|Close-up of the school. How many fish do you see?|
Blueback herring, Alosa aestivalis, have been a staple of the Schooling exhibit, showcasing the ability of a fish species to act as one collective unit. After a recent group of herring grew too big for the exhibit, they were moved to a larger exhibit at the Montreal Biodome (where some of our young researchers studied wolffish). This made way for a new school!
In October of 2012, Aquarium staff and volunteers headed to Buzzards Bay to collect some new exhibit animals. After being granted a special permit by the Massachusetts Division of Fisheries, the crew used seine nets to catch close to 2,500 young fish! Having lived and grown behind the scenes for over a year, it was time for them to make their big splash.
How do you move approximately 2,500 fish from one tank to another? With lots of help! Fortunately, the holding tank and exhibit are only a few short steps away from each other, making the process a little easier. Two aquarists would gather small batches of fish inside the holding tank. Once a batch was collected, the fish were transferred in bags to a waiting group of helpful staff and volunteers. With some quick, careful steps the fish were at their final destination.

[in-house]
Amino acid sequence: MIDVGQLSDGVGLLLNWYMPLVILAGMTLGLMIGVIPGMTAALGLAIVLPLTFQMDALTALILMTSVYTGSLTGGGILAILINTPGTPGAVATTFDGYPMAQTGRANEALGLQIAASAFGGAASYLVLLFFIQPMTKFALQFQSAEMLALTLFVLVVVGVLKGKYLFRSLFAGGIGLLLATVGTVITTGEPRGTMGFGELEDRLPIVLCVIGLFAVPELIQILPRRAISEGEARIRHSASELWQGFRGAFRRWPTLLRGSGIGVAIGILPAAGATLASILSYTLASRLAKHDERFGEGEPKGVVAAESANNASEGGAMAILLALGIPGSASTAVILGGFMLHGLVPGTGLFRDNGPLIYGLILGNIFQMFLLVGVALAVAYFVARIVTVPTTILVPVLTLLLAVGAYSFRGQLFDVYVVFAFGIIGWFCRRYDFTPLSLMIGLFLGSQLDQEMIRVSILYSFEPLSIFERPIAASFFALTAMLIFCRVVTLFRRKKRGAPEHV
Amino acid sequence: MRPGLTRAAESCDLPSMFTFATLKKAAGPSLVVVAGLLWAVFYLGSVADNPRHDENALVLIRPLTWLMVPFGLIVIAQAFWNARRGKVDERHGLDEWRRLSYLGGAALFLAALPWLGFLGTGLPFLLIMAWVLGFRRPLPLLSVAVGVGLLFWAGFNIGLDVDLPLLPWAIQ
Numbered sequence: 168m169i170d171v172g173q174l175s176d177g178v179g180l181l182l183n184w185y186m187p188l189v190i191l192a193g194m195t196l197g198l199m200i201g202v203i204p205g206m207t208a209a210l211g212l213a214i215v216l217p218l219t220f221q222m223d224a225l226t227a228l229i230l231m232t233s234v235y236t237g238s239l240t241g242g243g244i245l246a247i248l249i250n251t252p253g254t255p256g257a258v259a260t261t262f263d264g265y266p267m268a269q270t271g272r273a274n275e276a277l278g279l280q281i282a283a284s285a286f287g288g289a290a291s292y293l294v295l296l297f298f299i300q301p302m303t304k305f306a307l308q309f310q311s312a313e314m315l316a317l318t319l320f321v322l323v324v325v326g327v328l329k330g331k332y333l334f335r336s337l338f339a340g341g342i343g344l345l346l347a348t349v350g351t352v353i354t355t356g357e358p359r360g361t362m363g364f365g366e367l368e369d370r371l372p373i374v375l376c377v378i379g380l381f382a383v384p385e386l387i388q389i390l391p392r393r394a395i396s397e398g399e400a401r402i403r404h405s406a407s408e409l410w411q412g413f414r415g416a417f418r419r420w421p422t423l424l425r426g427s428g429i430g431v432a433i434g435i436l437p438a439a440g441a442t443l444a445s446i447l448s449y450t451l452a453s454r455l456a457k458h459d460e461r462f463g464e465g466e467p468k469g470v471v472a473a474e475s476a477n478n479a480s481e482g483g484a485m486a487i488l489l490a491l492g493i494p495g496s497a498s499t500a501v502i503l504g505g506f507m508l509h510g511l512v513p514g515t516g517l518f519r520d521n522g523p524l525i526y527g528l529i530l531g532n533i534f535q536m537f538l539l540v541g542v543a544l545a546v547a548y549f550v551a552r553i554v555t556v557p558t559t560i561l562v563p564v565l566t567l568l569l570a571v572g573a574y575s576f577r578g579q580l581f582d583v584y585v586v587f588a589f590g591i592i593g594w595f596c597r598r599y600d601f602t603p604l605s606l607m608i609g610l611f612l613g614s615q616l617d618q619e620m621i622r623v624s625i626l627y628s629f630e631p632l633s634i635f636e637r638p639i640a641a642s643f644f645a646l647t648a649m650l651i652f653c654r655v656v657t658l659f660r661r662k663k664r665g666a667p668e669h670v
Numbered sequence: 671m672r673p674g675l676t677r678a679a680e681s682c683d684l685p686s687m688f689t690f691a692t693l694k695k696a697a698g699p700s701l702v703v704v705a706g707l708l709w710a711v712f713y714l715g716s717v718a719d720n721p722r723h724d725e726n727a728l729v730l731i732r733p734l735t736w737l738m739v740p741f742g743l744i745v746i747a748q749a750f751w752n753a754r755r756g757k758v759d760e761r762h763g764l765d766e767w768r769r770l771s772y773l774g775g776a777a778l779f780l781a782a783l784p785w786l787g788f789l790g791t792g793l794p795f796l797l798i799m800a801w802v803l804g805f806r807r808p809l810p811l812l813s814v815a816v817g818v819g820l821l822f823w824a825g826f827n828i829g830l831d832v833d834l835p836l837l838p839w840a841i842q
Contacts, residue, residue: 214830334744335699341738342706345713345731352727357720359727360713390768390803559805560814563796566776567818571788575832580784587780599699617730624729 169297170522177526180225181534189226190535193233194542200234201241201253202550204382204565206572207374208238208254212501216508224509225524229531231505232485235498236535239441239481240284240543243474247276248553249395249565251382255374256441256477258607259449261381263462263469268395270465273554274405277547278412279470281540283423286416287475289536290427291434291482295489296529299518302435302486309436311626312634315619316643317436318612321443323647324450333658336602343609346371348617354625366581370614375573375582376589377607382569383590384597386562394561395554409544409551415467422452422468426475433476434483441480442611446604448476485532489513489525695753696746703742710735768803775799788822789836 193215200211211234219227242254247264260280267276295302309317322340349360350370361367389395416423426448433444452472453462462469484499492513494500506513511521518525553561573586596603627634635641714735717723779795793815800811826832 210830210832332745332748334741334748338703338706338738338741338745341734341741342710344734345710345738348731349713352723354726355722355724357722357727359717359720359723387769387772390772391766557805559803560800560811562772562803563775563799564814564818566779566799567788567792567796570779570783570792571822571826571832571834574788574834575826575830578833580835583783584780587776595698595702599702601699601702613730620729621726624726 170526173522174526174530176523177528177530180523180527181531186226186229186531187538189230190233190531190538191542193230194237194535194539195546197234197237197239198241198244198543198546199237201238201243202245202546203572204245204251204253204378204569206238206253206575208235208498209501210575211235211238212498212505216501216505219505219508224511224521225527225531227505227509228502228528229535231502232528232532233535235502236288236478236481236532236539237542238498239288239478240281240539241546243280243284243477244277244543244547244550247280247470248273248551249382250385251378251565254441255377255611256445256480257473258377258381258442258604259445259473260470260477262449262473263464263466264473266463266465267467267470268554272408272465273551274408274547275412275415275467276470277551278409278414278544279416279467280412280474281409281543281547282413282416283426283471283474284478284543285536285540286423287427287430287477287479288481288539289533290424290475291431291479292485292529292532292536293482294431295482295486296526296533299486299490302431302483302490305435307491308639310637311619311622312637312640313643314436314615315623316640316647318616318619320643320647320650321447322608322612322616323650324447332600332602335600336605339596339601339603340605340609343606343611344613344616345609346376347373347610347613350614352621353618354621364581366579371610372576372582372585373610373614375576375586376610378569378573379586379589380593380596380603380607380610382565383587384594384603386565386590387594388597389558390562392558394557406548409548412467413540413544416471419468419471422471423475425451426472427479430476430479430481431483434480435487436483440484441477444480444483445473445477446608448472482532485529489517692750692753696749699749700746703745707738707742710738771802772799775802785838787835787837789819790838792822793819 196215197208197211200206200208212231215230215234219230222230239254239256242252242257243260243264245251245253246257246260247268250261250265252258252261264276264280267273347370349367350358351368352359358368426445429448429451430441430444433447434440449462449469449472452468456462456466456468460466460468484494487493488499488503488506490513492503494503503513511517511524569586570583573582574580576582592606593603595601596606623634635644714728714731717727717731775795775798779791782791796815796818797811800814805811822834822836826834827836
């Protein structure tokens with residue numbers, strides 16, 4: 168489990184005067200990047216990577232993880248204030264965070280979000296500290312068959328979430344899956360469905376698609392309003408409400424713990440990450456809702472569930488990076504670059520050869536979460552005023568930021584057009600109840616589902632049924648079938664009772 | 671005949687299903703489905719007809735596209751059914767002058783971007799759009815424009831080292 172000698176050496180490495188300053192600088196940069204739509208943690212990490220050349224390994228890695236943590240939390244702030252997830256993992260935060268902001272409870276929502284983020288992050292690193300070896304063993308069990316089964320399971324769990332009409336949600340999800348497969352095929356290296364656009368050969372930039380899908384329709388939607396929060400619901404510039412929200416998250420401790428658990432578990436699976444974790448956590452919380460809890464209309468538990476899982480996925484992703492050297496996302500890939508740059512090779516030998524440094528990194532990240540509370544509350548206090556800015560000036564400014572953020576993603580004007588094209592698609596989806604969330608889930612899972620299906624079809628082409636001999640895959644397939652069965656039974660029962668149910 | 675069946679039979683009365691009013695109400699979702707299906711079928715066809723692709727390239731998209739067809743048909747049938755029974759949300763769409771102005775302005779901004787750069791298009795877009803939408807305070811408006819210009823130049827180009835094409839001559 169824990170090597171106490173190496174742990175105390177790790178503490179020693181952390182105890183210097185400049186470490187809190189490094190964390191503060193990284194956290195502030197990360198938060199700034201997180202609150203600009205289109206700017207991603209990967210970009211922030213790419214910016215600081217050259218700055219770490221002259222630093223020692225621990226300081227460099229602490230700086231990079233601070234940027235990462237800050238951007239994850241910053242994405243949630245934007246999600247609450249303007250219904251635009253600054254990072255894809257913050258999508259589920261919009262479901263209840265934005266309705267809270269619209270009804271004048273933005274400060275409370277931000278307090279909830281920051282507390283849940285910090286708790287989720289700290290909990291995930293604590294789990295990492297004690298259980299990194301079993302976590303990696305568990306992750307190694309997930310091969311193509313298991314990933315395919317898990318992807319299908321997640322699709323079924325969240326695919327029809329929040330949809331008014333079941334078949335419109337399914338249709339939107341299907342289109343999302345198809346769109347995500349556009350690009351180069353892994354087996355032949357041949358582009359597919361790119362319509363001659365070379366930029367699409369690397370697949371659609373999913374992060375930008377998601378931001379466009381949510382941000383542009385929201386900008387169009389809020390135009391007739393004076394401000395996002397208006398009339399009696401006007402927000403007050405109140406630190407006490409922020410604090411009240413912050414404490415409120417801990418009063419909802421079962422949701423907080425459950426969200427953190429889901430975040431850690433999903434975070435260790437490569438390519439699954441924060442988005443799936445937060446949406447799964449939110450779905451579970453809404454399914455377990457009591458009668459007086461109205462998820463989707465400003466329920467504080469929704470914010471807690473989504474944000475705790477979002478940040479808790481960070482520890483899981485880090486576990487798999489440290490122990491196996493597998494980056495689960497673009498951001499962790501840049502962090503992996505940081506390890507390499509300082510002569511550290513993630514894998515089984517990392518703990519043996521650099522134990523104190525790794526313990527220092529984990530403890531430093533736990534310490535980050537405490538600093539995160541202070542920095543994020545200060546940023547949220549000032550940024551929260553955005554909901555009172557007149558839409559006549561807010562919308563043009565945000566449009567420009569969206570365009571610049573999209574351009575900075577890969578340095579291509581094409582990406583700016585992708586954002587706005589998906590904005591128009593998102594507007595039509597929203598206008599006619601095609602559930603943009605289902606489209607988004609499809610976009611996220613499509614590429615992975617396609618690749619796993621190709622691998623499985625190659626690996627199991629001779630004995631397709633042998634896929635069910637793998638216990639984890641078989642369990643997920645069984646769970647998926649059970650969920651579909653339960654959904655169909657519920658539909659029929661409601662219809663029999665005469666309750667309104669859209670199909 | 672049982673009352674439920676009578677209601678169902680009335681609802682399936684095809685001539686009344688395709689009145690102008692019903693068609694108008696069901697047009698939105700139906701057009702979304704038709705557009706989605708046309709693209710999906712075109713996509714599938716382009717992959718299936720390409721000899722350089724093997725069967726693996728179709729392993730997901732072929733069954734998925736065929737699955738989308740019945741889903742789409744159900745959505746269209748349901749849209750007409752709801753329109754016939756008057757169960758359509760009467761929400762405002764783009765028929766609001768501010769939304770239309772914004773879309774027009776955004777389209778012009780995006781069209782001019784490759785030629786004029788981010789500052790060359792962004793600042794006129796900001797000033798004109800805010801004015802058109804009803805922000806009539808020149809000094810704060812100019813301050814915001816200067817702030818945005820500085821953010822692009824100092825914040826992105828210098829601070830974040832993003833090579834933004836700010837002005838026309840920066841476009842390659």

|Ready to move!|
Once the humans, and the fish, reached the exhibit, the bags of fish were gently lowered into the water. In position, the bags were opened and the new inhabitants would be off—the fish quickly swimming to join the rest of the school. It was then back to the holding tank to repeat the process many times over!
|And they are off!|
It was amazing to see the new school come together! The herring seamlessly swam together, acting as a united group. And as they are still growing, Aquarium visitors will have lots of time to see this new shimmering blur of herring, swimming past the window in the newly stocked Schooling exhibit!
|The new herring getting used to their new home!|